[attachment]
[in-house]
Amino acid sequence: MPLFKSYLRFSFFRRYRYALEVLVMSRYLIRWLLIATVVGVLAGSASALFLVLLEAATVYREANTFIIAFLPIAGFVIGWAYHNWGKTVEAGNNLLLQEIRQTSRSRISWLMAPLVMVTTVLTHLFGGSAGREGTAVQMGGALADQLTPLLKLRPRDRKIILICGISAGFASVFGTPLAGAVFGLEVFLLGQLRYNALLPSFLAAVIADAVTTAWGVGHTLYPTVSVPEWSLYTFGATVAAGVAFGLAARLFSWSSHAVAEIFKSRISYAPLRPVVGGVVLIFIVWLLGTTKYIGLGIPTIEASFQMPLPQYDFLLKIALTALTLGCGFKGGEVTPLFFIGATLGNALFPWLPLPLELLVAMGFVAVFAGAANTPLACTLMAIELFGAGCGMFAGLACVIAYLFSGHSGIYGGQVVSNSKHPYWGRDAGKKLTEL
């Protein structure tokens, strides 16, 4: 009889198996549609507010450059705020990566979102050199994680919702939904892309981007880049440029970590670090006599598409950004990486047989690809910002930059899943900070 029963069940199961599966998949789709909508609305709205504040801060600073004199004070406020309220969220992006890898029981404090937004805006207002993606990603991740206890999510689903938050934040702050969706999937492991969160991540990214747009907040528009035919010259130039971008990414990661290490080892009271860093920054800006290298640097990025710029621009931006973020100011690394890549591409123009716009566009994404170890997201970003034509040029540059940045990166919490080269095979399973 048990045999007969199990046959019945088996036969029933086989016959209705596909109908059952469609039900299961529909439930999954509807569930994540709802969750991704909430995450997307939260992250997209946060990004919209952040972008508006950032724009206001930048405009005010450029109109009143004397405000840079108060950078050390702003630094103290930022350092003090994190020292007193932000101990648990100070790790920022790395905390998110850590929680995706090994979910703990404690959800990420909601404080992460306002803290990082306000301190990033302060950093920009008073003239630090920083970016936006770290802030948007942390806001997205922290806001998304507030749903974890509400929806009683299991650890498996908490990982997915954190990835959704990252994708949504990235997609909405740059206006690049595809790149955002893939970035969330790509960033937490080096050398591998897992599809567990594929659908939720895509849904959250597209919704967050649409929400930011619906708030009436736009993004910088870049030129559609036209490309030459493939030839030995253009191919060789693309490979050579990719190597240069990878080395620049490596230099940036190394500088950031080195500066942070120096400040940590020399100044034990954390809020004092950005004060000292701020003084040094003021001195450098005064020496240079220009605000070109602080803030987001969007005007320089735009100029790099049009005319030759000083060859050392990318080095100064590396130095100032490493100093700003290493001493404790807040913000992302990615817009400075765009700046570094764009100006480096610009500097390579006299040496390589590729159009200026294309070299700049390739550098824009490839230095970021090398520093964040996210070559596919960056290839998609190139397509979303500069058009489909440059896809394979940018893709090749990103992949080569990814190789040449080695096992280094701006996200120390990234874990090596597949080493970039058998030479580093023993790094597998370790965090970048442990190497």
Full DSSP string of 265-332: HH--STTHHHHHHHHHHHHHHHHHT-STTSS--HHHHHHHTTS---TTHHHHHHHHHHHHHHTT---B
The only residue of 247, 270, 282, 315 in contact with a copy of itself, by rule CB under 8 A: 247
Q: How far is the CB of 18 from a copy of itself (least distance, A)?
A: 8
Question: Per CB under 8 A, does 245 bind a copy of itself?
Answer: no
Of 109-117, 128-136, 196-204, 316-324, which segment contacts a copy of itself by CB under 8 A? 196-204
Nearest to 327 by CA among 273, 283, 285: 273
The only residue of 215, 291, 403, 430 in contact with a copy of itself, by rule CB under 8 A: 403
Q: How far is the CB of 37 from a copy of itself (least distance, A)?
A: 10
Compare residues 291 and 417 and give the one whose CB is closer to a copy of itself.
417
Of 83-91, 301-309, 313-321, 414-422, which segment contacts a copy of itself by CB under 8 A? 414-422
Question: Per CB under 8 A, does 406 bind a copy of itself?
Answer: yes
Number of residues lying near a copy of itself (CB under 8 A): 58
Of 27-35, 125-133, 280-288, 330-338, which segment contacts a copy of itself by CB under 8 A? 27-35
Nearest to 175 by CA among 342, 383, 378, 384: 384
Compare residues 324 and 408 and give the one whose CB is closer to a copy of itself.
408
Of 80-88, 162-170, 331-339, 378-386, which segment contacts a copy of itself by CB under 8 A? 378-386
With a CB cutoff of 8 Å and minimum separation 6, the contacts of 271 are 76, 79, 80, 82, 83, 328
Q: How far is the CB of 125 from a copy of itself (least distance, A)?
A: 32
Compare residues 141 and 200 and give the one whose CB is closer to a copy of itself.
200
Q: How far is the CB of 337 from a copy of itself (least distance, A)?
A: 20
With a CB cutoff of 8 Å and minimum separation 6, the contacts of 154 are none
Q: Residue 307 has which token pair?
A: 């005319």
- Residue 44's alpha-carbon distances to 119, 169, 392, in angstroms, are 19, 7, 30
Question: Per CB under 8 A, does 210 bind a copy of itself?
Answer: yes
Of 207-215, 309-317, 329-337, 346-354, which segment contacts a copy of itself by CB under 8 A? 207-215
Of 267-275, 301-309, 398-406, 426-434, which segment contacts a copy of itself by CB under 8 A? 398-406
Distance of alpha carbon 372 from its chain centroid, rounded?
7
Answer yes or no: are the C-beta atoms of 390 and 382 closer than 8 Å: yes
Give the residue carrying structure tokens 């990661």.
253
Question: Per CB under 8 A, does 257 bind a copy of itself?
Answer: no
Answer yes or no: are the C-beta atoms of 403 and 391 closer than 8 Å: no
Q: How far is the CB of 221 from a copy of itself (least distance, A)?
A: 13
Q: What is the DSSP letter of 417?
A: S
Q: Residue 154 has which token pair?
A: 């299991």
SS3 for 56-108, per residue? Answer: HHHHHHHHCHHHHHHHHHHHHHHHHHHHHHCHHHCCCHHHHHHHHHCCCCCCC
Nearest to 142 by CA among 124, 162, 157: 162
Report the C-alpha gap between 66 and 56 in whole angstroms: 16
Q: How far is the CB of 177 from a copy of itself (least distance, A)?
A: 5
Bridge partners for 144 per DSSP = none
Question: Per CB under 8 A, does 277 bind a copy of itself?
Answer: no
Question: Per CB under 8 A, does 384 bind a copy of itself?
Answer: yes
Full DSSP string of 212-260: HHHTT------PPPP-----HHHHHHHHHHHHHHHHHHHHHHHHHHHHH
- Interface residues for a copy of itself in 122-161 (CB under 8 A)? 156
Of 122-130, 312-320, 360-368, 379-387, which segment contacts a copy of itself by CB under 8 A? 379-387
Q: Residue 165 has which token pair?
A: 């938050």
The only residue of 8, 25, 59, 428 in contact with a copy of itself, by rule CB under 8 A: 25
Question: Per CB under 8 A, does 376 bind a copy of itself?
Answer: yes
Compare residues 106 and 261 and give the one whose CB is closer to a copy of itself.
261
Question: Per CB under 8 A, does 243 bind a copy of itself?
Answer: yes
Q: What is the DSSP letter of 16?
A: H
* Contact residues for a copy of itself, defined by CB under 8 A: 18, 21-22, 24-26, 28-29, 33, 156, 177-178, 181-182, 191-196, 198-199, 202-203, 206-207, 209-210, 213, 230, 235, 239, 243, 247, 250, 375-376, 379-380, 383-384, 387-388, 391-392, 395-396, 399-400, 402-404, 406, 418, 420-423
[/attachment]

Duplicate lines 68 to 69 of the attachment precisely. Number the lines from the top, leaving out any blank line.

Q: Residue 165 has which token pair?
A: 């938050």